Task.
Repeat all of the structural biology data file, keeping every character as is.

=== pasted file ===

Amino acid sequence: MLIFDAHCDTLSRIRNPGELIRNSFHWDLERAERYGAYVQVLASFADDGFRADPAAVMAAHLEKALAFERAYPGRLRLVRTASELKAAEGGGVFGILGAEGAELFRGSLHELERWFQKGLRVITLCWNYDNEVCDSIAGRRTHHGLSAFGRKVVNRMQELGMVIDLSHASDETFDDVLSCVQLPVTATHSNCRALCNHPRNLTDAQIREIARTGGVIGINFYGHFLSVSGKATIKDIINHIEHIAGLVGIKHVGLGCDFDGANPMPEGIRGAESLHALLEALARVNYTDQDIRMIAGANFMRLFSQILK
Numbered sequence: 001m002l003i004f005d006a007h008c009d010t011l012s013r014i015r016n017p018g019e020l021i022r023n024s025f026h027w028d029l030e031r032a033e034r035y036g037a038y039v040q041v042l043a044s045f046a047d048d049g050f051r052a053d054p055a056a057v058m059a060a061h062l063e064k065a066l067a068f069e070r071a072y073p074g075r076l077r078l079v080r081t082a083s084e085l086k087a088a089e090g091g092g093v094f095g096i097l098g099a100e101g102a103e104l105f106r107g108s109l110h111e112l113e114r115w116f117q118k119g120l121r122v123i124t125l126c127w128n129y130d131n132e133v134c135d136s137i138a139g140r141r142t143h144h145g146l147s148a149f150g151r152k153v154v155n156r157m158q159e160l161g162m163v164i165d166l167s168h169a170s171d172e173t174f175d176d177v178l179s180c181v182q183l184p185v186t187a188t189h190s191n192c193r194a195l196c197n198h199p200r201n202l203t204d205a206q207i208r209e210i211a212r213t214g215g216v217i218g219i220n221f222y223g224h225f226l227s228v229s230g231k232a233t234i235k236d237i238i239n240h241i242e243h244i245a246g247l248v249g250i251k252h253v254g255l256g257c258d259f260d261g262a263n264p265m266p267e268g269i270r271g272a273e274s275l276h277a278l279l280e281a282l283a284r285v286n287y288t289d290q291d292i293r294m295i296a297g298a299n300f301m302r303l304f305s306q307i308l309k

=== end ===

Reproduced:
Amino acid sequence: MLIFDAHCDTLSRIRNPGELIRNSFHWDLERAERYGAYVQVLASFADDGFRADPAAVMAAHLEKALAFERAYPGRLRLVRTASELKAAEGGGVFGILGAEGAELFRGSLHELERWFQKGLRVITLCWNYDNEVCDSIAGRRTHHGLSAFGRKVVNRMQELGMVIDLSHASDETFDDVLSCVQLPVTATHSNCRALCNHPRNLTDAQIREIARTGGVIGINFYGHFLSVSGKATIKDIINHIEHIAGLVGIKHVGLGCDFDGANPMPEGIRGAESLHALLEALARVNYTDQDIRMIAGANFMRLFSQILK
Numbered sequence: 001m002l003i004f005d006a007h008c009d010t011l012s013r014i015r016n017p018g019e020l021i022r023n024s025f026h027w028d029l030e031r032a033e034r035y036g037a038y039v040q041v042l043a044s045f046a047d048d049g050f051r052a053d054p055a056a057v058m059a060a061h062l063e064k065a066l067a068f069e070r071a072y073p074g075r076l077r078l079v080r081t082a083s084e085l086k087a088a089e090g091g092g093v094f095g096i097l098g099a100e101g102a103e104l105f106r107g108s109l110h111e112l113e114r115w116f117q118k119g120l121r122v123i124t125l126c127w128n129y130d131n132e133v134c135d136s137i138a139g140r141r142t143h144h145g146l147s148a149f150g151r152k153v154v155n156r157m158q159e160l161g162m163v164i165d166l167s168h169a170s171d172e173t174f175d176d177v178l179s180c181v182q183l184p185v186t187a188t189h190s191n192c193r194a195l196c197n198h199p200r201n202l203t204d205a206q207i208r209e210i211a212r213t214g215g216v217i218g219i220n221f222y223g224h225f226l227s228v229s230g231k232a233t234i235k236d237i238i239n240h241i242e243h244i245a246g247l248v249g250i251k252h253v254g255l256g257c258d259f260d261g262a263n264p265m266p267e268g269i270r271g272a273e274s275l276h277a278l279l280e281a282l283a284r285v286n287y288t289d290q291d292i293r294m295i296a297g298a299n300f301m302r303l304f305s306q307i308l309k